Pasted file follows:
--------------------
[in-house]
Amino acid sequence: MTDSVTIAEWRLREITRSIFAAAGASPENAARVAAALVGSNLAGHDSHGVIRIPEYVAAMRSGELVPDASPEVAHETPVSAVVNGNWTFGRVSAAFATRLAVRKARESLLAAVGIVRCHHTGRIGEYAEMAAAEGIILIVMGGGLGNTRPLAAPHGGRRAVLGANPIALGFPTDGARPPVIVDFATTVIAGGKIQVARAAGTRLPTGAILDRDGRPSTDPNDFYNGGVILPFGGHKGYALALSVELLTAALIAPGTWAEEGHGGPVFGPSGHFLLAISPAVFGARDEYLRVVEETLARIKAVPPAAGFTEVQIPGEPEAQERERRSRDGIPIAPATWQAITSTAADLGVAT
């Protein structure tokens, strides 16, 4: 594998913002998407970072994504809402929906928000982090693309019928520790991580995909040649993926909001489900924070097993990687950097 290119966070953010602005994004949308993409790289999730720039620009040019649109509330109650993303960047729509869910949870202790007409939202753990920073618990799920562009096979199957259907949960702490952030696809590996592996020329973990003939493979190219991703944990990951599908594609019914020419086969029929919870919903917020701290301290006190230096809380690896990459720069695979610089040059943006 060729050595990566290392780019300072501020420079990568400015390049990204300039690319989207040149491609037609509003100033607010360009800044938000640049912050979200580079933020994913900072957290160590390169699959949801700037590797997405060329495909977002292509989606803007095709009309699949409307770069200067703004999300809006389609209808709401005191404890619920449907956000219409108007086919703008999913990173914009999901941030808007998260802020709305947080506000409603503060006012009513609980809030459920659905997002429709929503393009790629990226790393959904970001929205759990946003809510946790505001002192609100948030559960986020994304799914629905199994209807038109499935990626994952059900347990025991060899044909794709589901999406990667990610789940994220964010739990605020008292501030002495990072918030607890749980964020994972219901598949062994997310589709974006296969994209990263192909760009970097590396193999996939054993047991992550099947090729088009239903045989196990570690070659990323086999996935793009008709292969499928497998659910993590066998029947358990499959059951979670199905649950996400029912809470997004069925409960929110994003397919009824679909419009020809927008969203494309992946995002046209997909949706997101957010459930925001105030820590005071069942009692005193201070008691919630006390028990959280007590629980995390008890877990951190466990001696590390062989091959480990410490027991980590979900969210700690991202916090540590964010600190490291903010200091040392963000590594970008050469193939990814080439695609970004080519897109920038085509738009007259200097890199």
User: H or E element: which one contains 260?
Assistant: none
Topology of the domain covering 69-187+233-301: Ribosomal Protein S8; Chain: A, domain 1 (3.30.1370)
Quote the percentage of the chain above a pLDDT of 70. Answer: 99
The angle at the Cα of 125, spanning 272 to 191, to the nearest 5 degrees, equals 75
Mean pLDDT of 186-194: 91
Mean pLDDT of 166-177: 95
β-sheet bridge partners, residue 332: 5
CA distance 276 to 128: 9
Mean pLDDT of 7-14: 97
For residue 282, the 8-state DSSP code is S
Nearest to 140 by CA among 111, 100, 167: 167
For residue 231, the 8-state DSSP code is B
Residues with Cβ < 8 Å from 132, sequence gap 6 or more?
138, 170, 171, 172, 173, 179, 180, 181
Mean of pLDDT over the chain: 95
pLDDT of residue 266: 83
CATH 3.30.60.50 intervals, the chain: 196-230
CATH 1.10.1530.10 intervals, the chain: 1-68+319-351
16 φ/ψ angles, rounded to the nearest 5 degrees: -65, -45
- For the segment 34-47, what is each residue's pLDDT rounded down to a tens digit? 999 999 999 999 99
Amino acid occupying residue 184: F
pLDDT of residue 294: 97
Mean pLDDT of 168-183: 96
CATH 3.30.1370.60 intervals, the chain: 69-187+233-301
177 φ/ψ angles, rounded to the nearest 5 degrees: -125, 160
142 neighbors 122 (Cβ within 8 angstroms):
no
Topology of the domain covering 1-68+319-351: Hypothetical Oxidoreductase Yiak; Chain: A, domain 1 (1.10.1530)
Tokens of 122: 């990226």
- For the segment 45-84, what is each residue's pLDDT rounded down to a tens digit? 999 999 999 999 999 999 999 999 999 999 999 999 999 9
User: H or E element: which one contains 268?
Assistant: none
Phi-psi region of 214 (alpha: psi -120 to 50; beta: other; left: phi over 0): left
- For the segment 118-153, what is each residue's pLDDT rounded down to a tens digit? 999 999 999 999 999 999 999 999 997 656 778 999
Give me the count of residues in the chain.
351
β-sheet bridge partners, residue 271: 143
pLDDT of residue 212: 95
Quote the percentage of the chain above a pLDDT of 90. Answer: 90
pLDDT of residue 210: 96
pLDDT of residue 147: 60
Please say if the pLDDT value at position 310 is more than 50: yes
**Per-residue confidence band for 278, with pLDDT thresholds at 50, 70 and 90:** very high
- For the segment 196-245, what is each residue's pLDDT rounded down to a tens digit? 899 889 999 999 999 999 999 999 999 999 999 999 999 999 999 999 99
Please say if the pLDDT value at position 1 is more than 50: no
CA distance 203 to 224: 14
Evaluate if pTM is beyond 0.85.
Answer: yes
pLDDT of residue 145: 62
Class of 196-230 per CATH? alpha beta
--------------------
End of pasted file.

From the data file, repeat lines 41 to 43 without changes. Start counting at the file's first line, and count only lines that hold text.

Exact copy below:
β-sheet bridge partners, residue 271: 143
pLDDT of residue 212: 95
Quote the percentage of the chain above a pLDDT of 90. Answer: 90